In Part Two of our three-part series, we discussed key elements such as consent and online data technologies, privacy notices and cross-border transfers.
Here, in Part Three, we will dive into understanding individual rights and the obligations of a data controller and data processor.
It is important to determine if, based on the data that you process, whether or not you are a data controller or a data processor.
Essentially, the controller makes the decisions about the data. Generally, companies are controllers over its employee data, business customer data, or vendor data.
When a company processes personal data on the behalf of another company, they are considered a processor. The processor receives instructions from the data controller on how to process the data. Cloud service providers and payroll companies, for example, are processors. A data processor is directly accountable to those whose data they process.
Controller and Processor Obligations
Companies need to disclose in their privacy notice how they use personal data, how long they store it, and how they use third parties, as a few examples. It’s important to know that a privacy notice needs to be provided to all individuals from whom personal data is collected. This includes employees, vendors, customers, and consumers.
Data controllers must select data processors that can provide sufficient guarantees that it has technical and organizational measures in place to meet requirements under GDPR. Processors must process personal data per the controller’s instructions. This means that processors have to comply with many of General Data Protection Regulation (GDPR)’s requirements, per the controller’s instructions.
If you are in a controller/processor relationship, you need to ensure you have a very strong communication plan in place, updated contracts, and a solid understanding of the GDPR requirements for each side.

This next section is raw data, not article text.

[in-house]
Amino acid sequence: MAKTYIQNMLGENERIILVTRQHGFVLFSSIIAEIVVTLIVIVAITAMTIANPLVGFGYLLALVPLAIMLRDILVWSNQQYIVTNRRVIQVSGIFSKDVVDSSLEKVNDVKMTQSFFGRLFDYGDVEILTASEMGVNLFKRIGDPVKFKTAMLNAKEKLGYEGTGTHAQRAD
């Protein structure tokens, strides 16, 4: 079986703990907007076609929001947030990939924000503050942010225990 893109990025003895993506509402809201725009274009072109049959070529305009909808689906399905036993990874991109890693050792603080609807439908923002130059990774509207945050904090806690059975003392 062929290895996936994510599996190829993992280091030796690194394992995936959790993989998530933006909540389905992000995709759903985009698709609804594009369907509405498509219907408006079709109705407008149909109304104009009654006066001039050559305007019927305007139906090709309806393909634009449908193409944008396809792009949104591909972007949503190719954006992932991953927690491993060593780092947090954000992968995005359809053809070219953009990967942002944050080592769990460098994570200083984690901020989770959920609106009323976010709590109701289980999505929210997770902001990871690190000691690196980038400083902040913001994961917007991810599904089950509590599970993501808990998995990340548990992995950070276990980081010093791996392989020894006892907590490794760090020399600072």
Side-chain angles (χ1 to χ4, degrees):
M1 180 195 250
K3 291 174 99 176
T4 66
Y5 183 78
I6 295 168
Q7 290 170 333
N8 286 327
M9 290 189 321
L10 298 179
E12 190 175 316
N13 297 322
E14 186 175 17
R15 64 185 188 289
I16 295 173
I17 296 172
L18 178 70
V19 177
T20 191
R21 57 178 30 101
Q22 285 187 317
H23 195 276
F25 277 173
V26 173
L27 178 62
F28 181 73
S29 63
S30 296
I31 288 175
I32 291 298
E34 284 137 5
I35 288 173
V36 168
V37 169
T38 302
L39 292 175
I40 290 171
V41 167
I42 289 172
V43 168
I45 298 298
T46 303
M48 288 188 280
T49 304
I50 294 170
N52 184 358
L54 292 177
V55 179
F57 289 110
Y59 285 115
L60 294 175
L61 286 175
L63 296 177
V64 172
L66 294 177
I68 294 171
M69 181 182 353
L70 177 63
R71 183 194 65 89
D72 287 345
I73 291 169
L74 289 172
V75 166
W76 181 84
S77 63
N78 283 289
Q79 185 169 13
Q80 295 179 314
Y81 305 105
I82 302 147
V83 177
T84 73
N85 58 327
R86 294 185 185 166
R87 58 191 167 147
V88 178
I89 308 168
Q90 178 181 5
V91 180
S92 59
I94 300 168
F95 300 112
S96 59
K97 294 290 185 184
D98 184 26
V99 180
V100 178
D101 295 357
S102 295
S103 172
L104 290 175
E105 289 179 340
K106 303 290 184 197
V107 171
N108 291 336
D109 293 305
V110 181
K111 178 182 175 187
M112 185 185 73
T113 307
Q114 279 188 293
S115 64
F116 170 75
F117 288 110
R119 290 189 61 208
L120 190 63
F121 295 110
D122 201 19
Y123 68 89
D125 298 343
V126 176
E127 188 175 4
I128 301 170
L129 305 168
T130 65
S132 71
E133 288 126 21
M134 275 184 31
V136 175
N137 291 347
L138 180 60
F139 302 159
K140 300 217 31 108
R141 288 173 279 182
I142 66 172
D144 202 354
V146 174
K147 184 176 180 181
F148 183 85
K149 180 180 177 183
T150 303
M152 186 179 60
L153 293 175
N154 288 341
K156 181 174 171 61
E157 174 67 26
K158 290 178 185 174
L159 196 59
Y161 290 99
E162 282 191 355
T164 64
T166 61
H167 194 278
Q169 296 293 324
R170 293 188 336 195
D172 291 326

Honoring new privacy rights for individuals
It is important for SMBs to recognize that GDPR introduces the concept of individual rights such as the right to be forgotten, portability rights, and right to not be profiled. The data subject makes this request to the controller. To meet the request, the controller may need to rely on its processors. The controller must be able to meet the requirements for these new rights.
The right to be forgotten allows a person to request data to be erased upon request. There are some exceptions such as it cannot supersede any legal requirement that an organization maintains certain data. For US companies, this would include HIPAA required records.
Once you determine that you are technically capable of handling the right to be forgotten, you need to know how that will be managed by your company. Employees will need to be trained on how to receive such requests.
Data subjects can demand their personal online data be ported to them and reuse “their” data for their own purposes and across different services. Examples could include a list of media such as books, songs, movies, photos stored in a cloud, transaction history.
There is also the concept of the right to object to profiling. Does your company use data to make automated decisions that could profile a customer (this includes online behavioral advertising). You will need to ensure that the user has the ability to opt out of such profiling.
Report a breach within 72 hours
Many SMBs may not have dedicated resources or a large staff to manage a data breach. For SMBs, it will be critical to review what the procedures would be if you suffered a data breach.
Under GDPR, it is expected that if your company experiences a data breach, you must notify the local Data Protection Authorities (DPA) in the member states of those affected within 72 hours of identifying or confirming a data breach occurred.
SMBs need to start thinking now of who needs to be involved (lawyer, c-suite, consultants, marketing/PR firm), create an incident response plan, ensure all their personal data is well protected and review all these measures often.
Documentation and Accountability
SMBs must not only comply with GDPR; they also need to be able to demonstrate compliance. To do this, there must be documentation that shows all the data processing activities, what type of data is collected, where it is stored, the purpose for which it is being used and the privacy notice provided. Consent, as described above, must also be well-documented.
What to do now?
Start tackling GDPR now with these 5 steps!
- Document what data is collected, where it is stored, how it is being used and under which mechanism it is ok to use (e.g, consent, legitimate interest).
- Determine what privacy notice and to whom it is shared. Are any updates required?
- Review your marketing practices and determine what consent measures need to be updated.
- Ensure you are prepared for the 72-hour data breach notification requirement.
- Create processes to handle the individual rights requirements.